Week 23 (June 4-10) – Wedding: June is time for weddings. Write about a June bride in your family or highlight a favorite wedding photo. Maybe there’s a serial marry-er in the family — that could be a fun post!
My favorite wedding photo? It would have to be the one of my parents. Amusing fact? I fit into that dress when I was twelve. It is a gorgeous dress – but there was no way I could wear it for my wedding when the time came – Mom was a tiny thing. She was 18 and Dad was 21. They celebrated their 50th Anniversary in 2011 and it was a wonderful chance to honor the hard work and love they held for each other – two years later, Dad was gone.
When we do genealogy research, a marriage license or church record is a gold-mine for information. It has been a treasure to find information on these joinings that are done for love, for money, for power, for so many reasons.
Finding out my great-great-grandfather, Henry Graff, had been married before he married my great-great-grandmother Ellanora Boelling was a huge surprise – but also connected me with two cousins that I appreciate and enjoy getting to know through our research. He left his first wife, Anna (and their daughter), within months of their marriage on July 31, 1884, and married Ellanora on January 11, 1885 before he’d divorced Anna. He was with Ellanora for 26 years until her death in 1910.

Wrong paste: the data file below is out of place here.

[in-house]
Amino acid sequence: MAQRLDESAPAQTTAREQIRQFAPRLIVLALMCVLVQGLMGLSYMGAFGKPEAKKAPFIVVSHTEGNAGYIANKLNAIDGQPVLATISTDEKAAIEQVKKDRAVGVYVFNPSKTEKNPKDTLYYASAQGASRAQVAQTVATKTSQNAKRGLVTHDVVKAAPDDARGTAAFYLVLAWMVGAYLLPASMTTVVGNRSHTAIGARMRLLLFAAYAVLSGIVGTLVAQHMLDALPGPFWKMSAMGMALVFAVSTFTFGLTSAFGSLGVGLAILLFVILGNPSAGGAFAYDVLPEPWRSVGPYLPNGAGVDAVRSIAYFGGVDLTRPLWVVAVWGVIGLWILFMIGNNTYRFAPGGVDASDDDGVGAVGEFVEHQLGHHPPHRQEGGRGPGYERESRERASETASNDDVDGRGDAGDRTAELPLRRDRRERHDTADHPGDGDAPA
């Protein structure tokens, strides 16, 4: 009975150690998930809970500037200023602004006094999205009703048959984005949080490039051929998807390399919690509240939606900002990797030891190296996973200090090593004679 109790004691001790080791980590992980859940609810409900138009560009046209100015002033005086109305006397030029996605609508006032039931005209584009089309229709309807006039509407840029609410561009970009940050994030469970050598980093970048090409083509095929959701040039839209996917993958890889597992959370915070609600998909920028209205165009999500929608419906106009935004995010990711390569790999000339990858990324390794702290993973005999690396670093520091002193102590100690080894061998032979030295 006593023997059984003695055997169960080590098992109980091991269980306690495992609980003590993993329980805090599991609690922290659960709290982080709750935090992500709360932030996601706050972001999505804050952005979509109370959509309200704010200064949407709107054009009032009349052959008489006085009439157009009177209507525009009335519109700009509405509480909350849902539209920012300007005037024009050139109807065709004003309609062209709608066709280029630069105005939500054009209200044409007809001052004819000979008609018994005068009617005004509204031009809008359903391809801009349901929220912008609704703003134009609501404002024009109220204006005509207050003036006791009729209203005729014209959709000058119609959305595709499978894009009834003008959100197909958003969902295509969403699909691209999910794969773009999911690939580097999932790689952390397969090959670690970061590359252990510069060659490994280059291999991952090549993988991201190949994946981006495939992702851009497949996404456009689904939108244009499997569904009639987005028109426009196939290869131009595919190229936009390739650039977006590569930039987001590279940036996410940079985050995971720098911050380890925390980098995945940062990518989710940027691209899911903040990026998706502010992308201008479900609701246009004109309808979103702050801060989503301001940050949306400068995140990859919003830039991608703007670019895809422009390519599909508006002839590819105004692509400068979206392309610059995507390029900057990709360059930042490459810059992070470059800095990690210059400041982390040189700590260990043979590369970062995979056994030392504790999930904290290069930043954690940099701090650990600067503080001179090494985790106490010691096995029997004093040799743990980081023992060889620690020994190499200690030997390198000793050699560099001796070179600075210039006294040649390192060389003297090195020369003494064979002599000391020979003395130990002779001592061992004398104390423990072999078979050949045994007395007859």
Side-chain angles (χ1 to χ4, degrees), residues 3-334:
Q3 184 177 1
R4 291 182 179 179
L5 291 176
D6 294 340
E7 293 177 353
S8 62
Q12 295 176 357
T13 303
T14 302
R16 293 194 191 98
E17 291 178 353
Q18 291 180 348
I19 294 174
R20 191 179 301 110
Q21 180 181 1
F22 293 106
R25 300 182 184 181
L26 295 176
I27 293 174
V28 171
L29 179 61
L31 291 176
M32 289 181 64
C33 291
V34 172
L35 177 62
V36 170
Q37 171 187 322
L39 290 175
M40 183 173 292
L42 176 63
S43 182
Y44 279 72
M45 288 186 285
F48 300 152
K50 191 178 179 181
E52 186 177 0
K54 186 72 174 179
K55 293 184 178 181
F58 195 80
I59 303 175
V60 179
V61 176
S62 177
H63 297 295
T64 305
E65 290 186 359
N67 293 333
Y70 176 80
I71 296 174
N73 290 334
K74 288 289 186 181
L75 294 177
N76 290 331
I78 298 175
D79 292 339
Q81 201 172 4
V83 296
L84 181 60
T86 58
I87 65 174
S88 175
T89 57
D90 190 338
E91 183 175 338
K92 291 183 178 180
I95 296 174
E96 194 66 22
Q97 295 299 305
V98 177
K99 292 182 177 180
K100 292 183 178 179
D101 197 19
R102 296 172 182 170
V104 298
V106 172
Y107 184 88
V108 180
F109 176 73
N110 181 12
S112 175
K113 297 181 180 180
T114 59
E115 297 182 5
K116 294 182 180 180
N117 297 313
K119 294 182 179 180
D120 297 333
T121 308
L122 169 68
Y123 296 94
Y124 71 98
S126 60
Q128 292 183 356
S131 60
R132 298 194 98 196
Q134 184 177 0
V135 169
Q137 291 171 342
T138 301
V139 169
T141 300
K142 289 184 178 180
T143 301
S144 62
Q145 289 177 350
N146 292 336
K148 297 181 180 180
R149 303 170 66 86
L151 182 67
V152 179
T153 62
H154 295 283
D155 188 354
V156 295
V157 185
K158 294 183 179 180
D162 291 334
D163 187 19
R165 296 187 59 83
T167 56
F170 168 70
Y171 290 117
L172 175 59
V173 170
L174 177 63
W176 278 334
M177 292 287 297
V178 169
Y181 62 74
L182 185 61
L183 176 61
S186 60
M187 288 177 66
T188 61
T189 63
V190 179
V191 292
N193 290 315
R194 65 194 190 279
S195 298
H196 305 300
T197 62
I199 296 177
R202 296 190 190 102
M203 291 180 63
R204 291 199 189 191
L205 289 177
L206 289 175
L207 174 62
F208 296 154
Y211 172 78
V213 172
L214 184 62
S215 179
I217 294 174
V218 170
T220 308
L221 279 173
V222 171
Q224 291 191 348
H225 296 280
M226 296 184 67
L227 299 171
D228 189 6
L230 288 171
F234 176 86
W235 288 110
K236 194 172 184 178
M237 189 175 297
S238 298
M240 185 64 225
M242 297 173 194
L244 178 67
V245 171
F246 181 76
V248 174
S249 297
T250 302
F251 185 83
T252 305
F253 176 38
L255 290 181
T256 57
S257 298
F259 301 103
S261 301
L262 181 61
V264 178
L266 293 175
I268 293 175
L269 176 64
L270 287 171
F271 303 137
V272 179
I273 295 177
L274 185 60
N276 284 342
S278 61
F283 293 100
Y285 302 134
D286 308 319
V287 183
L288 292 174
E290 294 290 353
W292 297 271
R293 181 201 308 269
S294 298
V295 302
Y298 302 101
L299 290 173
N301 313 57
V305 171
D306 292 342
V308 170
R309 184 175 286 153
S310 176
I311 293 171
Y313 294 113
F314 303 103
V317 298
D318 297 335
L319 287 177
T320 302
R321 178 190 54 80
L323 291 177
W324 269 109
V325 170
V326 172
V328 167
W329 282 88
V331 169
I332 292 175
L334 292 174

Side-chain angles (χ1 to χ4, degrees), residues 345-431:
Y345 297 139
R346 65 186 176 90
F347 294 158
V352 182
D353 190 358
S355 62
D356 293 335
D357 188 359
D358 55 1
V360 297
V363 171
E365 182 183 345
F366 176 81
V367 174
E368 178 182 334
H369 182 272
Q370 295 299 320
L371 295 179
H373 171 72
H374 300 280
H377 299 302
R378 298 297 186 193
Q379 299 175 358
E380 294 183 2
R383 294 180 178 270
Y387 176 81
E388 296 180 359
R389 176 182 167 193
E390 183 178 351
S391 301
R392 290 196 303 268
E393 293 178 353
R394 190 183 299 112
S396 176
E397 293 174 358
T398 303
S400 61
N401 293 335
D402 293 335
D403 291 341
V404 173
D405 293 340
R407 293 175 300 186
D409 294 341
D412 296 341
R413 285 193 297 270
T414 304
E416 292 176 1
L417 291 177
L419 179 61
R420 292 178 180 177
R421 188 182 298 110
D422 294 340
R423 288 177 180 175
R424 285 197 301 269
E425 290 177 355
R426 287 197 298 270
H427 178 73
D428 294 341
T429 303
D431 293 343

My grandparents, Edward Dewey Graff and Helen Adelaide Reynolds, were married on February 5, 1939 in Canterbury, Connecticut. He was 22 and she was 18. They stopped at a diner and had a bowl of beef stew, then Ed took Helen back to her parent’s house. They didn’t live together until three months later when a cousin let slip that they had married.
Her parents did not think Ed was good enough for Helen – but they were married for 55 years when Ed died. They survived the loss of their first two children and raised the next five to be some of the most fascinating and differing adults I’ve had the pleasure to grow up knowing.
For the longest time, we didn’t know when my great-grandparents – Helen’s parents – had married. I found their marriage certificate just recently – it was September 8, 1919 in Chelsea, Massachusetts. Harry Nelson Reynolds and Hazel Pearl Roberts.
They had forty-four years together before Harry’s sudden death in 1963. Hazel never remarried again.
Like my parents, Elizabeth & Charles, and my grandparents, Ed & Helen, my great-great-grandparents also celebrated their fiftieth anniversary.
Hazel’s parents, John Milton Roberts and his wife, Carrie Evelyn Hawkins, were married in Wesley, Maine on July 24, 1886. Carrie was 17 and John was 28. The photo below is from their 50th wedding anniversary in 1936. John died three years later in 1939, Carrie in 1949.
These couples truly believed in the ’til death us do part’ line of their vows and if not for them – I would not be here.